The Cave of the Yellow Dog (image 1)

The director of The Story of the Weeping Camel returns with this moving story of a nomadic young Mongolian girl and her friendship with a puppy.

Screened as part of NZIFF 2006

The Cave of the Yellow Dog 2005

Die Höhle des gelben Hundes

Directed by Byambasuren Davaa

Director of Oscar-nominated The Story of the Weeping Camel follows up with an enchanting fable woven from the real lives of a nomad family on Mongolia’s grassy plains.

Germany / Mongolia In Mongolian with English subtitles
93 minutes 35mm

Screenplay

Byambasuren Davaa. Inspired by a story by Gantuya Lhagva

Photography

Daniel Schönauer

Editor

Sarah Clara Weber

Music

Ganpurev Dagvan

With

Urjindorj Batchuluun
,
Buyandulam Daramdadi Batchuluun
,
Nansal Batchuluun
,
Nansalmaa Batchuluun
,
Batbayar Batchuluun
,
Zochor

Festivals

San Sebastián, London 2005

Elsewhere

Mongolian director Byambasuren Davaa follows her Oscar-nominated documentary The Story of the Weeping Camel with an enchanting fable woven from the real lives of a family of nomads who pitch their colourful yurt on Mongolia’s grassy plains for the summer. Playing themselves without any self-consciousness, the Batchuluun family – mum, dad, six-year-old Nansal and her two tiny siblings – invite us to share in their simple routines, tending to cattle, sewing clothes and making cheese in harmony with the rhythms of nature. But tender scenes of family life are soon threatened by a pack of wolves that has already killed two of their sheep. When Nansal befriends a stray puppy she finds in a cave, it further disturbs the family’s gentle equilibrium. While Nansal’s mother sees the dog as a benevolent sign of fate’s hand at work, her father is concerned the pup grew up among wolves and will draw the wild canines to them. Has Nansal unwittingly invoked the curse of the Yellow Dog? As the Batchuluuns continue with their lives, the isolated atmosphere generates an unearthly, mythical suspense and philosophical questions arise. Davaa’s strong feeling for the intrinsic poetry of the setting and obvious delight in the Batchuluuns’ uncomplicated existence creates a moving portrait of a Mongolian family caught between the call of the city and their traditional way of life.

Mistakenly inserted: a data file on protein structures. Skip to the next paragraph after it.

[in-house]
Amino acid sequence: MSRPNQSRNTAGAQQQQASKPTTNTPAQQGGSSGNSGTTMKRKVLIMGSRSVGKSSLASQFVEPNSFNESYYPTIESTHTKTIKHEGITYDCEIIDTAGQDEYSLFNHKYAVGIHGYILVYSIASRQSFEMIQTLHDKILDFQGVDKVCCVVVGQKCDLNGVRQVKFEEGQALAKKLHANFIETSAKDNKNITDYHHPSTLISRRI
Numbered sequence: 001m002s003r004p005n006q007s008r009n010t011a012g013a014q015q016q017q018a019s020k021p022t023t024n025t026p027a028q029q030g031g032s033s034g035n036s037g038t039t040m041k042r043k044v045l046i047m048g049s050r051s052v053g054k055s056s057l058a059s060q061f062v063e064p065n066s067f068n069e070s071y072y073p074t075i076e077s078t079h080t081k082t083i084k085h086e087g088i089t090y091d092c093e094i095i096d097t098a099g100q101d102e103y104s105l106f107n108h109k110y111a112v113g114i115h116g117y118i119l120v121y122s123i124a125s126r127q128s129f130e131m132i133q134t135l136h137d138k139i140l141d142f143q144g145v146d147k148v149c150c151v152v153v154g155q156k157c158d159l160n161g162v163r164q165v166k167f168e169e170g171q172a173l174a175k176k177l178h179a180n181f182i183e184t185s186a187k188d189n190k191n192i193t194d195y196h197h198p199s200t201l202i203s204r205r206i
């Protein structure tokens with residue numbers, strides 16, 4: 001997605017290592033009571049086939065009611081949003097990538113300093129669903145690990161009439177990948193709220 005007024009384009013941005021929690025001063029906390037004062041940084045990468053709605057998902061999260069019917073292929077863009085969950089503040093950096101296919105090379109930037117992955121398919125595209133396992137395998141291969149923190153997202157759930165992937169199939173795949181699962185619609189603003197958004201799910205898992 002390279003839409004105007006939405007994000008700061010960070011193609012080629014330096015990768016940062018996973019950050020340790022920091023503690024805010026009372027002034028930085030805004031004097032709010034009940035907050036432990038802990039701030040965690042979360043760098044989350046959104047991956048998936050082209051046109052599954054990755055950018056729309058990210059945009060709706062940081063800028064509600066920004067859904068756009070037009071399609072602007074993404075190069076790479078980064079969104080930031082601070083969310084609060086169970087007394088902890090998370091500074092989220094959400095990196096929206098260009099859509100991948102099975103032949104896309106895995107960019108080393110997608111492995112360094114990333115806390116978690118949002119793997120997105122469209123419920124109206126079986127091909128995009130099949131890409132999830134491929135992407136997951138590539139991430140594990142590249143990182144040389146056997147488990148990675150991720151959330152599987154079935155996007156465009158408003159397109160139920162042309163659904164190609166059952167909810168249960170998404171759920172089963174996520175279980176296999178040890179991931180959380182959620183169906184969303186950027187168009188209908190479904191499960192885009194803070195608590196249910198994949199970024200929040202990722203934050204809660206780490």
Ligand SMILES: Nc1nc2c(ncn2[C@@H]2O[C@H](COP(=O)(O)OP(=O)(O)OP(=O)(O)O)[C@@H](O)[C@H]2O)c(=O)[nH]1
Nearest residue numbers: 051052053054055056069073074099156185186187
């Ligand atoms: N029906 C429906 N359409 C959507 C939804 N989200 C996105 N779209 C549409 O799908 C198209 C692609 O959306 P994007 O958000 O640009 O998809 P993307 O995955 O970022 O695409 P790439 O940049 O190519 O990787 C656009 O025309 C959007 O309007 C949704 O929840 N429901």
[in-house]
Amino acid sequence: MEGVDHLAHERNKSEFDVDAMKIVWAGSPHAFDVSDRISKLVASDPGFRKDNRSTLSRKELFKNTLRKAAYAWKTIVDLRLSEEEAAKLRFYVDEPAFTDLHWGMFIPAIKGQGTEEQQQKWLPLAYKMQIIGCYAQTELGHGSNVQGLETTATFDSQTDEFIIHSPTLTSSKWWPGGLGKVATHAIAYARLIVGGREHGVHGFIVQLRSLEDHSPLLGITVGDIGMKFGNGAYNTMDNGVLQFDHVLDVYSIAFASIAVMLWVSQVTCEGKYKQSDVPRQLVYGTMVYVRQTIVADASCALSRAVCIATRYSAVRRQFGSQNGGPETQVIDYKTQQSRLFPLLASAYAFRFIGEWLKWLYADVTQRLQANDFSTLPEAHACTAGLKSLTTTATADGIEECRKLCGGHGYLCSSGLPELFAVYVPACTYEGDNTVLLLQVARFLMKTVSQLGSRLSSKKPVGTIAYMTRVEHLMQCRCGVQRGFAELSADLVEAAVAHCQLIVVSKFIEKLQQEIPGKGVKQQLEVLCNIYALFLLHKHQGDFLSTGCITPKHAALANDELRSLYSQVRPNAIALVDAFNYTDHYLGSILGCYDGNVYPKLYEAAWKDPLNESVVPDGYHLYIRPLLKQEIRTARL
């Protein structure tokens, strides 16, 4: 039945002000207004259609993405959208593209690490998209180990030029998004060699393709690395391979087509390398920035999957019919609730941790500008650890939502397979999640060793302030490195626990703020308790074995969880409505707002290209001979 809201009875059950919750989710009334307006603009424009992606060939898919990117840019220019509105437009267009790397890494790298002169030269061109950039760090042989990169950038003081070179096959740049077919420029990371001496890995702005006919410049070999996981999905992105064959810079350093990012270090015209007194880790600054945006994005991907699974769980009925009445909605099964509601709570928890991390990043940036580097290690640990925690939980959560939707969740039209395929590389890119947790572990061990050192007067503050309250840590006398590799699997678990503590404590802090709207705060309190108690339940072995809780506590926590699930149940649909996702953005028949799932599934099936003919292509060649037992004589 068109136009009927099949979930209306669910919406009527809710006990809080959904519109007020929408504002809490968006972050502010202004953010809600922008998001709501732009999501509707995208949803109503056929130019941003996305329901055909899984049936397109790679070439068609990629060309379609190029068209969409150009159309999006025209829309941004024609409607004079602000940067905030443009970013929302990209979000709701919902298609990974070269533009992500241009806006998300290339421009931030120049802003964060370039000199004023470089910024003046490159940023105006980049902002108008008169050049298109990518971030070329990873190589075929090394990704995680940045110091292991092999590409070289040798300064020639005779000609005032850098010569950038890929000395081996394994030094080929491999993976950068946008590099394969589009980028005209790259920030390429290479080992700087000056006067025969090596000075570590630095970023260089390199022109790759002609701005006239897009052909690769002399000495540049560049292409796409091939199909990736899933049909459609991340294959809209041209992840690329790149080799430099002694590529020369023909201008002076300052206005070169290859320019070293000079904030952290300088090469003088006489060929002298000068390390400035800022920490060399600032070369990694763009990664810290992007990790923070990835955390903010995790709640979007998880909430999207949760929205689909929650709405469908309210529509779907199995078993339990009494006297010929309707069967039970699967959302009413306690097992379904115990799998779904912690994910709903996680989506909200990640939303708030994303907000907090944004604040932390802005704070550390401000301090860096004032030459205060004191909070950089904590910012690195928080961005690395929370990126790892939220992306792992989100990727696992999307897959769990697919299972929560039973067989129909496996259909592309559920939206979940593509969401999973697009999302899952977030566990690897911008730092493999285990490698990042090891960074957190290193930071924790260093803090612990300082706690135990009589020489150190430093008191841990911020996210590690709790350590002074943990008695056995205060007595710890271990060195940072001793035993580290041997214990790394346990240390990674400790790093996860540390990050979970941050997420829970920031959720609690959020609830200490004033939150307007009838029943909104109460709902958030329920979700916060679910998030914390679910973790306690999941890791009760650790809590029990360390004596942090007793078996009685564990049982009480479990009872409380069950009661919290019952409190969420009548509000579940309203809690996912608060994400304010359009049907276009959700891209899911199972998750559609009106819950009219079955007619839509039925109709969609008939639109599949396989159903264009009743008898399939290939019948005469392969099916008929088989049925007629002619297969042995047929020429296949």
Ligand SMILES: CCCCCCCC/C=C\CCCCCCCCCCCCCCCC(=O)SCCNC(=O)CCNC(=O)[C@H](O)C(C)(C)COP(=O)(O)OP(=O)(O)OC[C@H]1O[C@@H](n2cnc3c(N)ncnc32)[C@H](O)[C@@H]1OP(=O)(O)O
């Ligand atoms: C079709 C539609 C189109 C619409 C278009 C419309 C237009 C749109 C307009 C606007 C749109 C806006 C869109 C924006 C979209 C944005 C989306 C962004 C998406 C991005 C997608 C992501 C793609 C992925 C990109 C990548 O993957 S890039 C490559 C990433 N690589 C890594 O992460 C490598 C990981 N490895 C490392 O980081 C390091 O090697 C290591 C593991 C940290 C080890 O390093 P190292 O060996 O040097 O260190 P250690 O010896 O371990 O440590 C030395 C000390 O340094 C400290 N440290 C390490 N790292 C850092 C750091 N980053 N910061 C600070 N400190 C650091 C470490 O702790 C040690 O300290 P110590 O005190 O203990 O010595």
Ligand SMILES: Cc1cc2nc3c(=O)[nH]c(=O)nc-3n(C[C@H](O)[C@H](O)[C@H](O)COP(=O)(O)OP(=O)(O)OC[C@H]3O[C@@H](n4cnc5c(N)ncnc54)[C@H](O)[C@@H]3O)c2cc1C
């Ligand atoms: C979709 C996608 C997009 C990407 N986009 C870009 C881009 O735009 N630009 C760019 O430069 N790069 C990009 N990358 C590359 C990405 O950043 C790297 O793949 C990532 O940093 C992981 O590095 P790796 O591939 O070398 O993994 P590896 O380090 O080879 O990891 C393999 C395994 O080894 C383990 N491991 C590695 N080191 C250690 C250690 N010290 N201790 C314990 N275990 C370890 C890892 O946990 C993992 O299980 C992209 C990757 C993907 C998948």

“The German-Mongolian co-production’s spare storytelling… delivers an affectionate but clear-eyed portrait of the powerful connection between humans and animals living close to the earth. This is a film that is uplifting and spiritual without resorting to sappiness or dogma.” — Sheri Linden, Hollywood Reporter